robert at linuxfromscratch.org
Wed Aug 27 20:07:57 PDT 2008
On Wednesday August 27 2008 03:19:27 am Jan Dvorak wrote:
> On Wednesday 27 August 2008 03:00:27 Robert Connolly wrote:
> > I was thinking today that adding Busybox to the temporary system would
> > be helpfull, to get modprobe, /sbin/init, dhcp client, text editor,
> > etc.
> > Furthermore, an initrd with busybox could remain as a rescue system, so
> > /tools is kept after the final installation. This would work best if
> > /tools was its own partition, which is not normally mounted. This way
> > nothing is wasted.
> I don't like the idea of having /tools floating somewhere around final
The temporary system's initrd, and /tools, would be a working example of a
rescue system, whether it's on a cdrom or hard disc. Keeping it is optional.
> I'm all for initrd, however. It's actually pretty simple to create one.
> You get yourself busybox, udev, device-mapper, mdadm and lvm in the final
> system (I suggest adding these to the book, you can rarely see a system
> without them where I work.). Then you create some nice script that takes
> a list of wanted files, `ldd`s them for dependencies, copies them to a
> separate directory, adds some /usr/share/initrd/* files and then `cpio`
> and `gzip` them.
I don't want to add packages that won't be used by everyone, like support for
RAID or braille. These can be added on your own if you need them. Hlfs is
intended for users who are already comfortable with LFS, so adding these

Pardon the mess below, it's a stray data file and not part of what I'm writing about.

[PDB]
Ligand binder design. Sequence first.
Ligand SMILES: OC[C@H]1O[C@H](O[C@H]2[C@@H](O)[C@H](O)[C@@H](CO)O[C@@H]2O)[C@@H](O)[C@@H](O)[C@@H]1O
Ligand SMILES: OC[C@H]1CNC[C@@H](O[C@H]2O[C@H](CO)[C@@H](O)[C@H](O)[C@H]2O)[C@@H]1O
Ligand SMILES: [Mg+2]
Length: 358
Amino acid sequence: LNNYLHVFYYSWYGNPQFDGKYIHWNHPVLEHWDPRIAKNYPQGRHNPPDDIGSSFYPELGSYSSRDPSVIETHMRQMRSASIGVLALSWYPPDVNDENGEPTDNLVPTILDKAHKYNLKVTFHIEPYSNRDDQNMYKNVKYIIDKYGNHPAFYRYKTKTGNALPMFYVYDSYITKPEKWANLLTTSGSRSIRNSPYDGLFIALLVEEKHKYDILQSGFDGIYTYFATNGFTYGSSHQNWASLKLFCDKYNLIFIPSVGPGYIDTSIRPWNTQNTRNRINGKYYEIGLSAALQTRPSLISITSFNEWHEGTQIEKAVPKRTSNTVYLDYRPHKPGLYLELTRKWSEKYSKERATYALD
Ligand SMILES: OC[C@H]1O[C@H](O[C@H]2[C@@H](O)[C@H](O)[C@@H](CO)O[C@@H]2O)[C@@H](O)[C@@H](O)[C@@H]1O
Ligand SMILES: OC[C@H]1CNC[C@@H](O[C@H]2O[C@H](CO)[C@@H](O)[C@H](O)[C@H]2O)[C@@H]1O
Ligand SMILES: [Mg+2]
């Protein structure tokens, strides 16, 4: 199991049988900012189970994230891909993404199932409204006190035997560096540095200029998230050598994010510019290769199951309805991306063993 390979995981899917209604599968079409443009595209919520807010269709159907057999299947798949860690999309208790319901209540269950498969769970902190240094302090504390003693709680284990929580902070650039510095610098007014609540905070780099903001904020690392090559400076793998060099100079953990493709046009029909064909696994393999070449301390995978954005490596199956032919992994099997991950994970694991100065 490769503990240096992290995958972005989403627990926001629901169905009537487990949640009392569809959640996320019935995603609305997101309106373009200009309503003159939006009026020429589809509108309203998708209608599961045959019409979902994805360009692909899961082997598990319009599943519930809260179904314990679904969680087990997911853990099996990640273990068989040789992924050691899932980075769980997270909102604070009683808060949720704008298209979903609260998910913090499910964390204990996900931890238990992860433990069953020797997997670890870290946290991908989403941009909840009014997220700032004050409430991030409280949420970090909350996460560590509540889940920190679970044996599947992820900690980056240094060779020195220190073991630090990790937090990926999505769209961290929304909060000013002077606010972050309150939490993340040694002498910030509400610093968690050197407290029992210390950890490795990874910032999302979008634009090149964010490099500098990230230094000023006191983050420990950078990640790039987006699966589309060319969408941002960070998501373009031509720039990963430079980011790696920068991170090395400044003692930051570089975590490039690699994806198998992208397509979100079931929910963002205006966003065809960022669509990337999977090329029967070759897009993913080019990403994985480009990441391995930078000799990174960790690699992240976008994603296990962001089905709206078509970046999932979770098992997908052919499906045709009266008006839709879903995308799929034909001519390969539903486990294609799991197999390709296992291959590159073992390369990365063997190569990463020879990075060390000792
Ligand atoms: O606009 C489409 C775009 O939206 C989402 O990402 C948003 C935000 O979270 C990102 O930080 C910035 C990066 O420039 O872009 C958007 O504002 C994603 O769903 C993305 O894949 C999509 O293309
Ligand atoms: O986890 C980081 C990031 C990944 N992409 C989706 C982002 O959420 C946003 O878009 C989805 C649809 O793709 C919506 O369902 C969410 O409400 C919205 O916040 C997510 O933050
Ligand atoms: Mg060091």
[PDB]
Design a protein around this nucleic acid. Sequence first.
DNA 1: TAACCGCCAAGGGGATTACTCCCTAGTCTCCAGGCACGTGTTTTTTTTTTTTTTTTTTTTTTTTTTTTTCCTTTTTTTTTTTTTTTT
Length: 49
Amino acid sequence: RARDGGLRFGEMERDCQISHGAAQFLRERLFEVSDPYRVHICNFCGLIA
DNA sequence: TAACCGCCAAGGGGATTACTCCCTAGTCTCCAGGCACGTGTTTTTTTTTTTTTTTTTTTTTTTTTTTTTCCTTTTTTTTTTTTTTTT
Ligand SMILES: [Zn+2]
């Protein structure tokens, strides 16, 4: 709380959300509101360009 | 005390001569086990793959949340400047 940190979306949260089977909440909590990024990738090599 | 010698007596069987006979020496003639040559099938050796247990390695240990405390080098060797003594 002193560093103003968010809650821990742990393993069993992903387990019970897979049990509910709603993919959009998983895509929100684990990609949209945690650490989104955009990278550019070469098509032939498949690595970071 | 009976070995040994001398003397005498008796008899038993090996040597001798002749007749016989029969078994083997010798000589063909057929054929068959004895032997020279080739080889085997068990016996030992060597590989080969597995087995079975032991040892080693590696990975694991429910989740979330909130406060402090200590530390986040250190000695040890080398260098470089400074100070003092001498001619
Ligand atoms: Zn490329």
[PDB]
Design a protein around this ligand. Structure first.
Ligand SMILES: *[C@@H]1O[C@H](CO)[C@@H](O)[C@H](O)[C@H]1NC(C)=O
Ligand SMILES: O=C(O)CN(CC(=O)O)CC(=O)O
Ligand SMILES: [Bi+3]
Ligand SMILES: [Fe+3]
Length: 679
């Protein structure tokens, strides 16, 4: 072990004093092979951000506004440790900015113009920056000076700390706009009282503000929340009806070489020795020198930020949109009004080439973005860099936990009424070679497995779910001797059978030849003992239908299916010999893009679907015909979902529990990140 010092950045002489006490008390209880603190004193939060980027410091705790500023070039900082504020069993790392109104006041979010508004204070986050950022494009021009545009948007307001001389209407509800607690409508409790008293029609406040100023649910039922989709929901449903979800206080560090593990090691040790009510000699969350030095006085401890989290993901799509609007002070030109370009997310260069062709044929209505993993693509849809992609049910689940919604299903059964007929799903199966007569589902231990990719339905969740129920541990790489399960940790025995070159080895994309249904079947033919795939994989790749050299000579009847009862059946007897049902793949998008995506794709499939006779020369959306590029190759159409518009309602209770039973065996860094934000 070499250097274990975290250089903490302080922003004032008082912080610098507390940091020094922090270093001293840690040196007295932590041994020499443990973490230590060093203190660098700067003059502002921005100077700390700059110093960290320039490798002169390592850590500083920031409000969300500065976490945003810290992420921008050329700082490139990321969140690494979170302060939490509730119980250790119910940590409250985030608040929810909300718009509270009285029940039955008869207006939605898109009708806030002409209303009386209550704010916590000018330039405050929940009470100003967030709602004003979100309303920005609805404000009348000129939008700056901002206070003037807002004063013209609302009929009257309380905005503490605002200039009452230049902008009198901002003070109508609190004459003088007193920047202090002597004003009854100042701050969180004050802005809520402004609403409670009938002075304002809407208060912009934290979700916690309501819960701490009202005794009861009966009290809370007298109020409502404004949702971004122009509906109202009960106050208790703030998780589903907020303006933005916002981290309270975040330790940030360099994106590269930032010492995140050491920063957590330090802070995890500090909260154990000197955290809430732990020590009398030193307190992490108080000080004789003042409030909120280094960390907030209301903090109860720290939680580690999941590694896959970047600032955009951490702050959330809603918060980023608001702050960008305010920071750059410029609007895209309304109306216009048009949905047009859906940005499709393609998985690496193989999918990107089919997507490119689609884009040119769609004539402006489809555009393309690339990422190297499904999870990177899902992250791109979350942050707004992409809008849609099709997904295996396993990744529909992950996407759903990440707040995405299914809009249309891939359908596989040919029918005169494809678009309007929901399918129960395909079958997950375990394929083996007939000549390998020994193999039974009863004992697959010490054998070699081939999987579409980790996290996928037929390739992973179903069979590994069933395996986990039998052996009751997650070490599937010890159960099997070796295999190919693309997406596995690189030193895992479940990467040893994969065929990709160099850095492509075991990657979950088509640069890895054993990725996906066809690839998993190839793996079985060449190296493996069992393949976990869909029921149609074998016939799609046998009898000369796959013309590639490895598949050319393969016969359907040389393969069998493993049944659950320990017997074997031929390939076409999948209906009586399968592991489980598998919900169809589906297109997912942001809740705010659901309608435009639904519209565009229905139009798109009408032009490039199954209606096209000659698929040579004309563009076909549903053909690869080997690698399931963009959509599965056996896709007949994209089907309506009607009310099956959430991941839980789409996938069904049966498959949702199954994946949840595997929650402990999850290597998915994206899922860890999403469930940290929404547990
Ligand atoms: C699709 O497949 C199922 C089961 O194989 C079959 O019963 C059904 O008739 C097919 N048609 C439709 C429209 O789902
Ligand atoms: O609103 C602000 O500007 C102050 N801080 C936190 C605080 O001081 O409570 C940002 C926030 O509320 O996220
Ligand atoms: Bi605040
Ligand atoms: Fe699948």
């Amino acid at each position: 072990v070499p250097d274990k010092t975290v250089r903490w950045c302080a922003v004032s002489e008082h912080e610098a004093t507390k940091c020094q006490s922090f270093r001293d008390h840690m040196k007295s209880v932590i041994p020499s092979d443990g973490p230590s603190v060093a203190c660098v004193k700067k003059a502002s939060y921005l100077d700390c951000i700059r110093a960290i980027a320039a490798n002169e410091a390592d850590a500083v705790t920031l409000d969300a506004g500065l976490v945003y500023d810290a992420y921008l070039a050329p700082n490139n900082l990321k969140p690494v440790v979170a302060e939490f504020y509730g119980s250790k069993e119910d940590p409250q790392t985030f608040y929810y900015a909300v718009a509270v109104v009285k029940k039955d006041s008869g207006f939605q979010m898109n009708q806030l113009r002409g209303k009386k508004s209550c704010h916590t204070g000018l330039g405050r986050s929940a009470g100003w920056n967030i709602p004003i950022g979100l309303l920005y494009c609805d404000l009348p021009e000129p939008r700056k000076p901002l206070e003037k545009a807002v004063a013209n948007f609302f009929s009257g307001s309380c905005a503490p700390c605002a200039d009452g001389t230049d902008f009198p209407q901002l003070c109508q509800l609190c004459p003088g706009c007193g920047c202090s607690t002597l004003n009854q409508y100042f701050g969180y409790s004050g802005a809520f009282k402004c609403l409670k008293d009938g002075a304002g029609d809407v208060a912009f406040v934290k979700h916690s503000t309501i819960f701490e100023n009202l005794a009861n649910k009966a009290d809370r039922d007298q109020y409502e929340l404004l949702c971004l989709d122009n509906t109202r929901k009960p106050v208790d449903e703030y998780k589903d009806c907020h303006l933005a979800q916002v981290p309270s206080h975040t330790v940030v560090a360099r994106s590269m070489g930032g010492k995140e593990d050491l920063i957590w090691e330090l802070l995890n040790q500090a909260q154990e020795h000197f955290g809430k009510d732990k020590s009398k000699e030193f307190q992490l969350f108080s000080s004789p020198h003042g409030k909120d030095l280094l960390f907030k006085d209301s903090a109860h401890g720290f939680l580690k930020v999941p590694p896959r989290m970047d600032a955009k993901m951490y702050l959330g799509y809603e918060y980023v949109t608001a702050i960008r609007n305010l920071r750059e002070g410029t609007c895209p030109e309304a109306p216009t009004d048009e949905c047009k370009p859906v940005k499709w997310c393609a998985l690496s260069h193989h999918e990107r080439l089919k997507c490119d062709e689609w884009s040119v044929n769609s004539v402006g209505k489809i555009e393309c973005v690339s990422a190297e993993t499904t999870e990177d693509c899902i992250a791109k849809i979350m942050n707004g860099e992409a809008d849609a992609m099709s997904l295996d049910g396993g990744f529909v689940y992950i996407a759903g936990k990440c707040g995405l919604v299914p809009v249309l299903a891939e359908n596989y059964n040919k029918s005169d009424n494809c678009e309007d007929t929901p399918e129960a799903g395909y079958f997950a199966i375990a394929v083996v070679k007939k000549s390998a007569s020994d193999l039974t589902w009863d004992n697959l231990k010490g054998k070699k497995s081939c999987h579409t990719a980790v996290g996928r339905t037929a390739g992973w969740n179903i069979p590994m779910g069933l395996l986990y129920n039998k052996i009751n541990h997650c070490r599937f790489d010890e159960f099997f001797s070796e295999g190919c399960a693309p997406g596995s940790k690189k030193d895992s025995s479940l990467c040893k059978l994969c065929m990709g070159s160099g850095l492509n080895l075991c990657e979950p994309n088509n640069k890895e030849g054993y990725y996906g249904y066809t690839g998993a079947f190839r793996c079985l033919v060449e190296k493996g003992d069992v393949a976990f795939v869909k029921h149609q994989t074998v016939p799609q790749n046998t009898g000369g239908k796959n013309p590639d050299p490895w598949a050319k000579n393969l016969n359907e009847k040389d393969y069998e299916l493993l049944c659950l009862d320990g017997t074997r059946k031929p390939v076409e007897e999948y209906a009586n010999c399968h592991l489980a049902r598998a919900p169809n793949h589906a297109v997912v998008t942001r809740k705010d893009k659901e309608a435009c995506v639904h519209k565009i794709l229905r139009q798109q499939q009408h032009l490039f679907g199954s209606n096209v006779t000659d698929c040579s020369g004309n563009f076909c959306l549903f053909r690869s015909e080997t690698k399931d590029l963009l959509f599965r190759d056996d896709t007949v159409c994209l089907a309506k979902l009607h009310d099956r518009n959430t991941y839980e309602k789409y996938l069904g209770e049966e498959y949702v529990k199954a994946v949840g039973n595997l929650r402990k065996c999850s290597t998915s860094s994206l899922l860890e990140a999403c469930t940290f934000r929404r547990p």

packages to /tools shouldn't be a problem.
Something should be done with boot scripts though, because I would personally
need sshd. lfs-bootscripts, and blfs-bootscripts, could be installed
to /tools/etc/rc.d/, to handle the first boot. I haven't looked at how clfs
deals with this.
> If you do not plan on using LVM or software RAID, you don't really need
> many tricks. Basically, you need a kernel that supports your disks and
> that's it. Everything else can be loaded later. If you need mdadm to
> activate software RAID or lvm to activate all PV/VG/LV, you need an
> For the installation, what about compiling these to /tools, linking them
> statically? That will get you a nice initrd for initial boot, you can
> generate proper one later, when the system is finished.
As soon as you have more than one program it's better to link dynamically. In
every other instance static linking will use more storage and memory.
> Hell, just give me a basic book I can compile and I'll make you what you
> need plus make it extendable so users can add whatever they need. You
> mentioned additional packages as runable book "pages"? Fine with me,
> we'll just add initrd files same way we add init scripts.
> Which reminds me... I don't like current boot scripts.
The lfs-bootscript maintainers are open to suggestions. We need
blfs-bootscripts compatibility. I would like it if the bootscripts would
continue when daemons hang (like if the network is down), maybe with a 30
second timer... this could also be configurable.
> > My gut tells me to stay with the mature versions, except for
> > Binutils... so binutils-2.18, gcc-4.1.2, and glibc-2.5 (with bugfix
> > backports). Linux versions track whatever grsecurity is with. I'm
> > curious to know the statistics on which Glibc version is currently
> > being used, and maintained by distributions, the most. New versions are
> > nice, but the majority of the Linux world does not use them, so they're
> > not stabilized yet.
> No idea, I have all of them floating around. From 2.3 to 2.7. From a
> sysadmin's perspective - never had a problem. From dev's perspective - I
> don't want to write for several years old libc.
> - Mordae
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